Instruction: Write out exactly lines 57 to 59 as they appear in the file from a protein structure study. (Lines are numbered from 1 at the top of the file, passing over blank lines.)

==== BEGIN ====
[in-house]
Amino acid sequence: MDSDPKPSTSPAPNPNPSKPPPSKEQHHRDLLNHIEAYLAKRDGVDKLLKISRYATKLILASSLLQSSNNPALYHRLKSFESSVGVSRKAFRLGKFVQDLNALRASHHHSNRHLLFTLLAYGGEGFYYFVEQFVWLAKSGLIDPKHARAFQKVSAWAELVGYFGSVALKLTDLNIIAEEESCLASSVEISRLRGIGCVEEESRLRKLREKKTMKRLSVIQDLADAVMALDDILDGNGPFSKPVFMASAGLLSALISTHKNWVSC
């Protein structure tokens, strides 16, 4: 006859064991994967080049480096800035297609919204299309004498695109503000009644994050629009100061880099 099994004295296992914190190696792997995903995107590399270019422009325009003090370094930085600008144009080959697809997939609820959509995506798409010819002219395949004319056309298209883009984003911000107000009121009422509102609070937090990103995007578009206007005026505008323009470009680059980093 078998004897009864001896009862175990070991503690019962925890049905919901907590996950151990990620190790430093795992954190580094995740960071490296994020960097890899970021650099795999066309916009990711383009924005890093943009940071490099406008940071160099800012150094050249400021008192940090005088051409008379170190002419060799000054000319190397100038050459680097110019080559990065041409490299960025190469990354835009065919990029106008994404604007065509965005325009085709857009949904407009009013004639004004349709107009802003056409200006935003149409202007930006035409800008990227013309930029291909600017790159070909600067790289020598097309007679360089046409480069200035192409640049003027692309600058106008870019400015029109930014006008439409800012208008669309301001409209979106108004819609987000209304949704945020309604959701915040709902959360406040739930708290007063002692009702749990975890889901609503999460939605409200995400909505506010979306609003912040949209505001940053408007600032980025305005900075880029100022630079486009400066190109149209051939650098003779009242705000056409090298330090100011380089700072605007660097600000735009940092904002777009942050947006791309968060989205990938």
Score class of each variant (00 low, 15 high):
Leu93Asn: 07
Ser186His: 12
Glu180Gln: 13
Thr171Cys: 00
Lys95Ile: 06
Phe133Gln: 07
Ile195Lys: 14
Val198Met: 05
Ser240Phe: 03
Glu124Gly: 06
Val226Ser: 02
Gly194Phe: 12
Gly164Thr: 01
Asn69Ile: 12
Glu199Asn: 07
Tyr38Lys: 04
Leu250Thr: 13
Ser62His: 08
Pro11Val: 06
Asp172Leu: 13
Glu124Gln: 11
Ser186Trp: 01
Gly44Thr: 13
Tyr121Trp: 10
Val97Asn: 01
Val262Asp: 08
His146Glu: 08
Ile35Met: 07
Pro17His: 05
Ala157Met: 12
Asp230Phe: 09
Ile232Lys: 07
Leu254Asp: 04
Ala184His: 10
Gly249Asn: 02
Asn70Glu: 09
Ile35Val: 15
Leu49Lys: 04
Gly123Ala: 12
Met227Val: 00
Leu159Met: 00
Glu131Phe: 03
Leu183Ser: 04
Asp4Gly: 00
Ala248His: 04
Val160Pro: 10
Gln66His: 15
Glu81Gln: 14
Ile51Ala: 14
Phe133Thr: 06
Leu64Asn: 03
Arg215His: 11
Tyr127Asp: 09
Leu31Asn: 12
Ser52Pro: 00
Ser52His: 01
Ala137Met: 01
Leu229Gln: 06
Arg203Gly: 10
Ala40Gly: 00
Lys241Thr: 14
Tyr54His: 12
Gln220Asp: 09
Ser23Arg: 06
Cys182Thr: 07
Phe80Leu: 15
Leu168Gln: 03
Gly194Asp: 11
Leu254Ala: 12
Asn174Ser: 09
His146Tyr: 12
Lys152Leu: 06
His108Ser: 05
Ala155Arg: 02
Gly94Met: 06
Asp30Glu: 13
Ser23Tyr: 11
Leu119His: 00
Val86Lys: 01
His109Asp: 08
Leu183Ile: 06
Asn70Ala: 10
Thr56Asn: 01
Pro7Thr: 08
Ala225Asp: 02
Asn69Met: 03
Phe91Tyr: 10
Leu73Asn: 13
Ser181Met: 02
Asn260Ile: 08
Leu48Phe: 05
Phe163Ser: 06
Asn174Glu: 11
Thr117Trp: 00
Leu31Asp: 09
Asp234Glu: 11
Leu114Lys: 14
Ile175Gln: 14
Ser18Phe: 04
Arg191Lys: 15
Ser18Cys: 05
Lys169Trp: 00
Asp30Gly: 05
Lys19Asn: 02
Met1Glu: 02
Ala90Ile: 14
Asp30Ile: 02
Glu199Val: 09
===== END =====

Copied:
Tyr127Asp: 09
Leu31Asn: 12
Ser52Pro: 00